Go to That's, and their team of automation experts will support you on your journey 24/7. Rhian, good morning.

Rhian (02:34):
Hi, good morning, Kelly. How's it going?

Kelly (02:37):
I'm doing great. I just got back last night from a month long road trip.

Rhian (02:45):
Yay. Congratulations. How was it?

Kelly (02:49):
It was so good. It was so good. I'm usually traveling to Europe, I'm flying somewhere, so it was nice to sit in the car and I did not drive a single mile. I went through four books. I got to see the Grand Canyon and Yellowstone and a couple of the national parks, and I got to see some friends that I haven't seen in a very long time. I made some new friends as one tends to do when they're traveling like me, and going to do a lot of breweries. It was really good.

Rhian (03:22):
What Kelly's trying to say right now is she was chauffeured across the country by her husband and from there she made a lot of friends, drank a lot of drinks, and had a fantastic time.

Kelly (03:35):

Rhian (03:35):
What books did you read?

Kelly (03:35):
We also went through five rental vehicles.

Rhian (03:38):
Oh, yeah, you had a rental catastrophe.

Kelly (03:41):
Our last one lasted us from Salt Lake City through the end of the trip, which was great.

Rhian (03:46):
Well, that's good.

Kelly (03:47):
We put over 5,000 miles on that one vehicle.

Rhian (03:51):
Did you name her?

Kelly (03:52):

Rhian (03:53):

Kelly (03:55):
It's kind of like, you want to wait and make sure that it's going to survive the rest of the trip for you give it a name.

Rhian (04:01):
Well, I guess you got burnt pretty early on so you're not like, "Let's name this one."

Kelly (04:06):

Rhian (04:09):
Sue. Sue the car. Yeah, I was in Arizona this weekend.

Kelly (04:14):
Yeah, how was that?

Rhian (04:15):
Hot. It was good.

Kelly (04:19):
Now I know what that dry heat is like and I hate it.

Rhian (04:21):
Yeah, it was really hot, which I knew, because I grew up there, went to Arizona State, blah, blah, blah, and it was fine. My daughter had to have some finals proctored, so her proctor lives in Arizona. Actually, he lives in LA but he's in Arizona right now because of the pandemic and stuff is still very, very closed down in LA, or not very, very. That's being dramatic. Significantly more [inaudible 00:04:52] is closed down, or, sorry. Yeah, is Los Angeles, so we went there for her to be proctored, had some cocktails, went to an art museum, so that was good. It was my first museum since the pandemic. They have the Infinity Room that's super hyped. There's one there, so I got to go to that.

Rhian (05:13):
Had some good food, had some good drinks. I went to a Brazilian steak house. Turns out, not my jam. My daughter was obsessed with it because ...

Kelly (05:23):
She would love it, because there's literally unlimited food for her.

Rhian (05:27):
Exactly, because she's got a black hole in her stomach, so, yeah, I was like, "This is fun for the first two things," and then I was over it, and she was like, "I'll try that and I'll try that." I'm like, "Can we go? We've been here for two hours. This is awful."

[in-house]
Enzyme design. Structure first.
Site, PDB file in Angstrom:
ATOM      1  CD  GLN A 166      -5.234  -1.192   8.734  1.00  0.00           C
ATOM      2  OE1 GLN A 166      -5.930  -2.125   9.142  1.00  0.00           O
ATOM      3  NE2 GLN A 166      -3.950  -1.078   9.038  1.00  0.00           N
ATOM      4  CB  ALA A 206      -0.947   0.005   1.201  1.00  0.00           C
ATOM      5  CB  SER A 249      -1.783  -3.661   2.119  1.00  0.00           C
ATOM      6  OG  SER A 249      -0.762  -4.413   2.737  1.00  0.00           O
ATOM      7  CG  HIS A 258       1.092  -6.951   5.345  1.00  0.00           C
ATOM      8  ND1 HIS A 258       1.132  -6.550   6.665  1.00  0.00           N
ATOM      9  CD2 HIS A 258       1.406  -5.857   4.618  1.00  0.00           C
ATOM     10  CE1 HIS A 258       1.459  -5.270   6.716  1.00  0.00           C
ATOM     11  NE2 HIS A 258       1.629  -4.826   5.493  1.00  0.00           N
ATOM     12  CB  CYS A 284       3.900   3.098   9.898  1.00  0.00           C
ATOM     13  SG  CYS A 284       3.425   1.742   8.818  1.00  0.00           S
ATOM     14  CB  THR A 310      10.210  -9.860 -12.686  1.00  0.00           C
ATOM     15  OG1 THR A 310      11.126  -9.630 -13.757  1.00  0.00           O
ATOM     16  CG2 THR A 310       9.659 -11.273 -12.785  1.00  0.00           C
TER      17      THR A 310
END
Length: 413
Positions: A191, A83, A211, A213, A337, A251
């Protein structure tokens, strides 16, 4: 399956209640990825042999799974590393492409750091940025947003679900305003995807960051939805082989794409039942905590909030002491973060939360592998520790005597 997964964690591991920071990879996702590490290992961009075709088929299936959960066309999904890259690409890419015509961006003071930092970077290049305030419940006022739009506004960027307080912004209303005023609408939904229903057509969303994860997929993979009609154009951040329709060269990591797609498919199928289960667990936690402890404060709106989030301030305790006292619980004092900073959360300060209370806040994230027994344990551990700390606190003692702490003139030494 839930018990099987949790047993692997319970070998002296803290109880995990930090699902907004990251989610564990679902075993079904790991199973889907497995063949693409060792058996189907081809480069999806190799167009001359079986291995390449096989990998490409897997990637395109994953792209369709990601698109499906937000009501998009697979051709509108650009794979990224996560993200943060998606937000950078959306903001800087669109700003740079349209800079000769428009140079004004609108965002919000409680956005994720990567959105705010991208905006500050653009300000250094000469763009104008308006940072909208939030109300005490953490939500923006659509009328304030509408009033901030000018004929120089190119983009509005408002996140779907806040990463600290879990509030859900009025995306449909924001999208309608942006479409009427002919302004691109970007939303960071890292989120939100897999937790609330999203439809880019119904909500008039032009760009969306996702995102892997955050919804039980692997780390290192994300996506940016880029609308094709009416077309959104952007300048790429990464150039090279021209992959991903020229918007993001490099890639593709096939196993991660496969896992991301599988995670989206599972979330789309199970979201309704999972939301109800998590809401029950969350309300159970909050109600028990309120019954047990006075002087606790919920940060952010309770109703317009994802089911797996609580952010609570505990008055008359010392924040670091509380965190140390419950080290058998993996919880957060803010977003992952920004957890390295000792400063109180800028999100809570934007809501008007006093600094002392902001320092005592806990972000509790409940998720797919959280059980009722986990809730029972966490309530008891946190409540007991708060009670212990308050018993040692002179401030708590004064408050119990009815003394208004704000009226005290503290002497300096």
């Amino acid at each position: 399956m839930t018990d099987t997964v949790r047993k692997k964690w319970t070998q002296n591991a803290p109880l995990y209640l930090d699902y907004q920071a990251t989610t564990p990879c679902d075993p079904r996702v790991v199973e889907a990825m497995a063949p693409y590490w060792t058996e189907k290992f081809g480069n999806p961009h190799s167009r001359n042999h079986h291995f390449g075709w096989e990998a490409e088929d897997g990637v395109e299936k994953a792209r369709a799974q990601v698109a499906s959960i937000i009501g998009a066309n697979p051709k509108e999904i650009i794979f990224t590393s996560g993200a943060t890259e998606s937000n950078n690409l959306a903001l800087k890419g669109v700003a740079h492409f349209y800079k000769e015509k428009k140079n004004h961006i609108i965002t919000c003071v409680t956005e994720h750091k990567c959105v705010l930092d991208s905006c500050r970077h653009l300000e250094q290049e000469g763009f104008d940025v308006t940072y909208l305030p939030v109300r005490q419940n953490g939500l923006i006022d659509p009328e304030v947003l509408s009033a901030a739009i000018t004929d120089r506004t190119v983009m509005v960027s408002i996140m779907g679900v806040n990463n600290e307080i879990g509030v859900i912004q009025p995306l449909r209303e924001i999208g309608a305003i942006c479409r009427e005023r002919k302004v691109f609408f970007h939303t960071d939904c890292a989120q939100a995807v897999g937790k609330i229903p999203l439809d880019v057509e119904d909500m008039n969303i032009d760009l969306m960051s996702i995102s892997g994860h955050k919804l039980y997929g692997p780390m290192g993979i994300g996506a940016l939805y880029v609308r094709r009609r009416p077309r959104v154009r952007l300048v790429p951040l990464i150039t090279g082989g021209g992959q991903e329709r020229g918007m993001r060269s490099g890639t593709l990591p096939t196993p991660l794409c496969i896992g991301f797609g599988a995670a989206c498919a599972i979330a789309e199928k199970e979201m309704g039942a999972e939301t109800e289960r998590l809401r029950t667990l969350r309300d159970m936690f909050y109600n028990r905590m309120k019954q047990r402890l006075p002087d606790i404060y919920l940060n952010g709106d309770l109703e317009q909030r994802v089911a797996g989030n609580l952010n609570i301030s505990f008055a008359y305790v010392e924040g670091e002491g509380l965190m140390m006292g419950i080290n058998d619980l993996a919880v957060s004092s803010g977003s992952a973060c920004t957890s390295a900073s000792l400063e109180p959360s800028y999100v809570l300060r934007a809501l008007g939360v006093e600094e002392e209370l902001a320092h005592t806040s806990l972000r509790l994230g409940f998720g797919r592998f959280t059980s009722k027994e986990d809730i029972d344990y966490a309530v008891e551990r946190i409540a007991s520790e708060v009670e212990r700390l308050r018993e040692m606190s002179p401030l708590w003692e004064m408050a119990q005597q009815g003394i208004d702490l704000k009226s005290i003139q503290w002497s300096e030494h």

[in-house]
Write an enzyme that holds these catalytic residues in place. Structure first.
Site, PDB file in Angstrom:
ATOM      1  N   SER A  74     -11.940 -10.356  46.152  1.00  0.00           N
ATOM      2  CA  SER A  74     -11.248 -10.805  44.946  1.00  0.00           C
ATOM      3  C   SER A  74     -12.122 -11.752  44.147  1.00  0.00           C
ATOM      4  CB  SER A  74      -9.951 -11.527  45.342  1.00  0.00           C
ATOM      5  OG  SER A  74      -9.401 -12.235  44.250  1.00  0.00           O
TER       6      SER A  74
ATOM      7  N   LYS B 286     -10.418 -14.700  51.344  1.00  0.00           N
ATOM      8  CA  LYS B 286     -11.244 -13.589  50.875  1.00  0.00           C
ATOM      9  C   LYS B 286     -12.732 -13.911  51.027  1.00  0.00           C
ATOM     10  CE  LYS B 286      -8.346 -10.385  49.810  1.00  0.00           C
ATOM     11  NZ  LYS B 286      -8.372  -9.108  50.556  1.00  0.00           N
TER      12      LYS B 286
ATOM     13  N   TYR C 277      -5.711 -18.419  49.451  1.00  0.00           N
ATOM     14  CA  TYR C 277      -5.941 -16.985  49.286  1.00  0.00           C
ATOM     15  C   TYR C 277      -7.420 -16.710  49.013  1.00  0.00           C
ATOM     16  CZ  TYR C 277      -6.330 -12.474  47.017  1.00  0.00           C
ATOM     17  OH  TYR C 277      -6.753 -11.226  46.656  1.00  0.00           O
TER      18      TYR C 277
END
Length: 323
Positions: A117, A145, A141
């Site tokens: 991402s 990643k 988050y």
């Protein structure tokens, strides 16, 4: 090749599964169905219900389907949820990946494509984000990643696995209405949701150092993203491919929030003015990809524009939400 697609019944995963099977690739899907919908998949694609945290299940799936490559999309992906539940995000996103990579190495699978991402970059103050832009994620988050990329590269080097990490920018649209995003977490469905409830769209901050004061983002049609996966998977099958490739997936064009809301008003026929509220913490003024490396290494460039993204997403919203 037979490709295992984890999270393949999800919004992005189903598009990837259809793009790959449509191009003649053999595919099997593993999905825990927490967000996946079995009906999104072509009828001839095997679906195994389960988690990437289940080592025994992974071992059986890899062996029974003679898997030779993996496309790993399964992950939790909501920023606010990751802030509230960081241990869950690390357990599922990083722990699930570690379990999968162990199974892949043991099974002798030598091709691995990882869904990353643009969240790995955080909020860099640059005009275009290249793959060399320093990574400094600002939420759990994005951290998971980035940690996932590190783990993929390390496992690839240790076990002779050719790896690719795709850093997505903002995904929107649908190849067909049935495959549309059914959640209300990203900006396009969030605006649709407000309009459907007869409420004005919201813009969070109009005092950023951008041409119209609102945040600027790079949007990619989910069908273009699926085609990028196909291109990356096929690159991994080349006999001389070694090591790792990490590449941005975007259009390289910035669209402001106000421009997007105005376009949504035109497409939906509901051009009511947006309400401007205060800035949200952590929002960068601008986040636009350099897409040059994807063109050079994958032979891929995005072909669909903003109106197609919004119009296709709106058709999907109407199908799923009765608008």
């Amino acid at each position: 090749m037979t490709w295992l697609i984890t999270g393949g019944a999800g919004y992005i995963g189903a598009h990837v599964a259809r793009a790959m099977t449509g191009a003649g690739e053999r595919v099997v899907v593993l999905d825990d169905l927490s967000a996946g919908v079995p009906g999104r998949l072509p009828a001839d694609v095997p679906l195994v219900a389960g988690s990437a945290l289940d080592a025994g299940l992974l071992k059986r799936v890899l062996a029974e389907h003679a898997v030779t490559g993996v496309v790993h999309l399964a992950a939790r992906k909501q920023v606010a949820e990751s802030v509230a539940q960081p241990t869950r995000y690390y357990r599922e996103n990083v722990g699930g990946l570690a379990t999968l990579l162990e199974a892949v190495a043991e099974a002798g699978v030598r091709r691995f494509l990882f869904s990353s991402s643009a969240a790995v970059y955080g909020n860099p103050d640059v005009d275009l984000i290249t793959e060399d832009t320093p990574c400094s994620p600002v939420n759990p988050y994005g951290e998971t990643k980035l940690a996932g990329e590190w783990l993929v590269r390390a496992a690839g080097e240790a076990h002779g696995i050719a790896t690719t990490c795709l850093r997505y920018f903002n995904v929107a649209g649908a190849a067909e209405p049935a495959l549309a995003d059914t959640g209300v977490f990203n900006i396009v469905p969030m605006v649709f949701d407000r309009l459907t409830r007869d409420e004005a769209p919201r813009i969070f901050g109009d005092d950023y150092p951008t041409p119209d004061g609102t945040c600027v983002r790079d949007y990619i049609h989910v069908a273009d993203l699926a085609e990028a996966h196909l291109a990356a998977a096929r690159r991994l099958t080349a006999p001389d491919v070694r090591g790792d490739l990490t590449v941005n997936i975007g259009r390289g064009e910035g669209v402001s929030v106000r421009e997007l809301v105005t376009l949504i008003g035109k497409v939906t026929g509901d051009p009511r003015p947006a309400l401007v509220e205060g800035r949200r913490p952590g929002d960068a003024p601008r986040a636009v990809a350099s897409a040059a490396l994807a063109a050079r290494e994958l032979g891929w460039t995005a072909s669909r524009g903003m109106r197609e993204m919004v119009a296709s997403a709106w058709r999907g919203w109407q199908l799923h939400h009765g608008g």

Kelly (05:46):
She ate for the both of you. It's okay.

Rhian (05:47):
Yes, she truly, truly did, so that was my experience. What was your favorite state, and also what books did you read?

Kelly (05:59):
I always love visiting Chicago, so I only did Chicago, so that's all I saw. Let's go cities, because I did not see a lot of states. I saw most of South Dakota going from one side to the other. That was not my favorite state. I really enjoyed Minneapolis.

Rhian (06:16):
Yeah. The food there is great.

Kelly (06:18):
It's great. They have too many breweries to choose from. The people are awesome. I went to a live show. I saw music performed live for the first time in a very long time.

Rhian (06:29):
That's incredible.

Kelly (06:31):
Yeah, so, it was just a good time. Speaking of good times, Black Friday, Cyber Monday.

Rhian (06:39):
Oh, my gosh, Black Friday, Cyber Monday, my favorite time of year, otherwise known as, colloquially referred to as the holidays.

Kelly (06:48):
Yeah. We keep on saying, "Let's prep for Black Friday, Cyber Monday." You're prepping for the entire holiday sales season. It's not like this is just a one day, two day thing.

Rhian (06:59):
It's also important to note, for our international listeners, that, I've been giving Black Friday, Cyber Monday talks since 2016, globally, and when I first started giving them in Great Britain, it was like, it's not really a thing here, or it wasn't really a thing last year, and that year it was up 60% year over year from the year before, so it has continued to rise meteorically, dare I say, and in the United States it, as well, has continued to rise in a hockey stick formation up and to the right. Super important that we talk about Black Friday, Cyber Monday. Kelly, do you want to go ahead and define Black Friday, Cyber Monday, maybe, for some folks who are unfamiliar?

Kelly (07:49):
In the United States, our Thanksgiving takes on the third Thursday in November. I think it's the third Thursday.

Rhian (07:57):
It's in November.

Kelly (07:58):
It's always a Thursday. It's in November, yeah. It's after my birthday because my birthday's November 1st.

Rhian (08:04):
It's at the end of the month, and it's a Thursday.

Kelly (08:06):
It's towards the end of the month, yeah. It might be ... I don't know what number. It's on a Thursday in November, let's put it that way, and Black Friday, I don't know where the name came from. We could probably Google it and find out, but it's basically ...

Rhian (08:21):
It probably is [crosstalk 00:08:22].

Kelly (08:21):